An attempt to design and build an open source isomorphic keyboard.
Isomorphic keyboards have keys arranged so that each chord shape is the same regardless of the start note. A regular piano keyboard is not isomorphic - a perfect fifth chord of C is very different in shape to a perfect fifth chord of F#. With a regular keyboard a large number of chord shapes must be memorised, but an isomorphic keyboard has a much small pool of chord shapes.
The layout of the keyboard is a grid following the Tonnetz pattern of notes.
When the prototype keyboard is complete, all source files (code, schematic, pcb etc) will be made open source.
Compact chord shapes
Isomorphic chord shapes reduces the number of shapes to memorise
Compact shapes make it easier to hold more keys with fewer fingers
Cannot spread fingers well, closer is better
Less tiring on hands
Velocity produced by time between two switches
Min 7 octaves
Compact and lightweight
Analysis and design of keyboard layout [Complete]
Prototype A - Key Mechanism Prototype [Complete]
Prototype B - Small section test [Awaiting PCBs]
Full Keyboard - TODO
Current layout design:
Gateron White / Clear
MX clone with low actuation force without clickyness
Tiny switch with low actuation force
Discrete Semiconductors / Diodes and Rectifiers
The MX internal switch mechanism contains a plunger that is stopped by a well that extends beyond the base. A hole is required in keyboard PCBs to accommodate this well.
By cutting off the well, the plunger is able to extend beyond the base and strike a switch below it.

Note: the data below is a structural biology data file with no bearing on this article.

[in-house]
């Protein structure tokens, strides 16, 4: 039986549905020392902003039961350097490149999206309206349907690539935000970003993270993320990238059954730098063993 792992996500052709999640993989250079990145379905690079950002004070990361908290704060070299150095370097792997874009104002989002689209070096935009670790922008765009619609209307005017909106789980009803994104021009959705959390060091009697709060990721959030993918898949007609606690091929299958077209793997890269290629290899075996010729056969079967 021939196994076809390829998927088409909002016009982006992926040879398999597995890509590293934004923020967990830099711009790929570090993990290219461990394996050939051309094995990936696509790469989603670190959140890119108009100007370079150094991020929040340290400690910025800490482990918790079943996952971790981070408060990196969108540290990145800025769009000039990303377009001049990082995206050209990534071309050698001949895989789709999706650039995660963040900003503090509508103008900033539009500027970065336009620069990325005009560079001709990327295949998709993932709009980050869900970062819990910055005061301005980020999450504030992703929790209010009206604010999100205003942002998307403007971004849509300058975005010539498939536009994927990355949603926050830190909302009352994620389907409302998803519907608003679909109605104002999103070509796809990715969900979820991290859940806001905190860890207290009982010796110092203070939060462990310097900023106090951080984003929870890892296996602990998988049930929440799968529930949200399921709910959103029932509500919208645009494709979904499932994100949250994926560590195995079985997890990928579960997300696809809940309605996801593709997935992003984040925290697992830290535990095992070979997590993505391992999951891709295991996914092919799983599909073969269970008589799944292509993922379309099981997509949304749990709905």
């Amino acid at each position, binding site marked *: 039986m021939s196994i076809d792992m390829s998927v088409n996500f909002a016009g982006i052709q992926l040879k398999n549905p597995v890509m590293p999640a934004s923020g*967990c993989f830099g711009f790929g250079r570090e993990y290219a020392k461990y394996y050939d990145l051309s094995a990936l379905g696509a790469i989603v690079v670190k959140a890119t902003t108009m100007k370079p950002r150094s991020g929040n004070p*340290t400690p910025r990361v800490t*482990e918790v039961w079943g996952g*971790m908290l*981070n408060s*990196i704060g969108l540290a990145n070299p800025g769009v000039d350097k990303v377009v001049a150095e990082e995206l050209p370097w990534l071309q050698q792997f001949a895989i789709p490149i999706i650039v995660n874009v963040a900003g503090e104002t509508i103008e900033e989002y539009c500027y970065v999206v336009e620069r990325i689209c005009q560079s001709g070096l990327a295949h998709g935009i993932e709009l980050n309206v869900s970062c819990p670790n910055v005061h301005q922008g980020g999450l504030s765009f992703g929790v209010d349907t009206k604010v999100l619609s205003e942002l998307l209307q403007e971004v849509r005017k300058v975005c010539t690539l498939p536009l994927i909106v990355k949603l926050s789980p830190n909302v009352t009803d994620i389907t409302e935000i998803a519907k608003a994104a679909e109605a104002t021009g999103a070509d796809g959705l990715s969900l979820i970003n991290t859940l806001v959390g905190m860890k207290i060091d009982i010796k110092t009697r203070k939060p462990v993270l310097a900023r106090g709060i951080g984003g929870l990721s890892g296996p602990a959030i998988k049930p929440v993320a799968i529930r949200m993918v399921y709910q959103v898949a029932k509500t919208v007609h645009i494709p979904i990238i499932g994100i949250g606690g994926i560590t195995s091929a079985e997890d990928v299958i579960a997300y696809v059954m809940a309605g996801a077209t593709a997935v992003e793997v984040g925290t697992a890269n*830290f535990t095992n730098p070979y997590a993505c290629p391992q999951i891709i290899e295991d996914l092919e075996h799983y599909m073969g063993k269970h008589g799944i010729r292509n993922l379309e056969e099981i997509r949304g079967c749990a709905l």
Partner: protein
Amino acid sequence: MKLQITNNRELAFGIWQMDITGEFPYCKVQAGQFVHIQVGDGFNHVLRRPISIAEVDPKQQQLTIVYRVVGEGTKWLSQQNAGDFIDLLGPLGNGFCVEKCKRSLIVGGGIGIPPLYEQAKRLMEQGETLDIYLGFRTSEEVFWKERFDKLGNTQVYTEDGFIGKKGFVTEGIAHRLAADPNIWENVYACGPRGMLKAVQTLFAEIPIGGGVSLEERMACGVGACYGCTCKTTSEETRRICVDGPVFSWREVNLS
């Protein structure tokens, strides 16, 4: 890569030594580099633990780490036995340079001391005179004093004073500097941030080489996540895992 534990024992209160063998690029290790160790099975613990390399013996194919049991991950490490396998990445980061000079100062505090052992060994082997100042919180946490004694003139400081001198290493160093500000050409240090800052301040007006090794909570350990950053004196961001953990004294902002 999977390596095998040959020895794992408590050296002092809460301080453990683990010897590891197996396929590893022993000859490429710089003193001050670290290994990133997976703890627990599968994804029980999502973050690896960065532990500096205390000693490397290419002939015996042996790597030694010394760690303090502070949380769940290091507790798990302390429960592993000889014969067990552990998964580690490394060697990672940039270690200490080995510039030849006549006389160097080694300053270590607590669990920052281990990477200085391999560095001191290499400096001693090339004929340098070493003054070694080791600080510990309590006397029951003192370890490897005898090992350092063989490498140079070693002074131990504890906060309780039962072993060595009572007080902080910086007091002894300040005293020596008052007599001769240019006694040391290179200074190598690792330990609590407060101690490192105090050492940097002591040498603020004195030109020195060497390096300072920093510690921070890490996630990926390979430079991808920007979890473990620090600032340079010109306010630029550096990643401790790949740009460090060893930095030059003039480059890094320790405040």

The MX switch variant chosen is the Gateron White (a MX clone), due to the the low force required and silent operation.
The MX switches are held in place using a plate that the MX switches clip onto. Normally this plate would be laser cut, however a PCB without traces is used instead as it is cheaper. The holes for the switch body to enter are made during the PCB manufacturing.
[Image source: EVQQ2 datasheet]
The switch has a very low actuation force, so little resistance when pressed by the MX switch's plunger.
One problem with this switch is that is a surface mount component and so not easy to solder by hand.
Male header on the EVQQ2 layer
Dual entry female header on the MX layer
Matrix columns shared between layers via headers
MX row output passed to EVQQ2 layer (which also has the Teensy LC controller)
Note: the space between PCBs means that the male header's plastic component must be smaller than usual
Due to height of female header, the Plate cannot cover this header
DSA keycaps are rated for all rows on a computer keyboard, so they all must have the same shape and no slope.
Tonnetz keyboard requires all the keys caps to be identical without slope.
Three 74HC595 chips will be used to drive the 24 columns of the keyboard's button matrix. I built a prototype on breadboard to ensure the circuit design and code were correct, As this was just a test of the columns, LEDs are used instead of buttons.